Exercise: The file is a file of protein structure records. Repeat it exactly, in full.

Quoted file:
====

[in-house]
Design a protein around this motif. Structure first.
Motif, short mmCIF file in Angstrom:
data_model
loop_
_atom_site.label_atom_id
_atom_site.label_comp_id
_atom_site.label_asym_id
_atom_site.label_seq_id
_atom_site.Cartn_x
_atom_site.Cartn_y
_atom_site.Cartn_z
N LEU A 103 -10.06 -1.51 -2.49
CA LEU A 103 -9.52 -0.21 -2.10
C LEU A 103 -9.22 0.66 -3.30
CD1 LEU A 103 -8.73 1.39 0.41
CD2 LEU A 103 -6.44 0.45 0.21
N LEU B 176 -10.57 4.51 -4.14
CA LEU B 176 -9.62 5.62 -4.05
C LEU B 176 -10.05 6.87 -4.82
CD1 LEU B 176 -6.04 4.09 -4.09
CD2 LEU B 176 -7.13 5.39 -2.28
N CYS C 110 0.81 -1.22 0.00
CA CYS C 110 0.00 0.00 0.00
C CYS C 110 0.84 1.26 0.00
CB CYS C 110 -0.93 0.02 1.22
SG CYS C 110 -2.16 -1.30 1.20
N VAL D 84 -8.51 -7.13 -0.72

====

[in-house]
Design a protein around this motif. Structure first.
Motif, short mmCIF file in Angstrom:
data_model
loop_
_atom_site.label_atom_id
_atom_site.label_comp_id
_atom_site.label_asym_id
_atom_site.label_seq_id
_atom_site.Cartn_x
_atom_site.Cartn_y
_atom_site.Cartn_z
N LEU A 103 -10.06 -1.51 -2.49
CA LEU A 103 -9.52 -0.21 -2.10
C LEU A 103 -9.22 0.66 -3.30
CD1 LEU A 103 -8.73 1.39 0.41
CD2 LEU A 103 -6.44 0.45 0.21
N LEU B 176 -10.57 4.51 -4.14
CA LEU B 176 -9.62 5.62 -4.05
C LEU B 176 -10.05 6.87 -4.82
CD1 LEU B 176 -6.04 4.09 -4.09
CD2 LEU B 176 -7.13 5.39 -2.28
N CYS C 110 0.81 -1.22 0.00
CA CYS C 110 0.00 0.00 0.00
C CYS C 110 0.84 1.26 0.00
CB CYS C 110 -0.93 0.02 1.22
SG CYS C 110 -2.16 -1.30 1.20
N VAL D 84 -8.51 -7.13 -0.72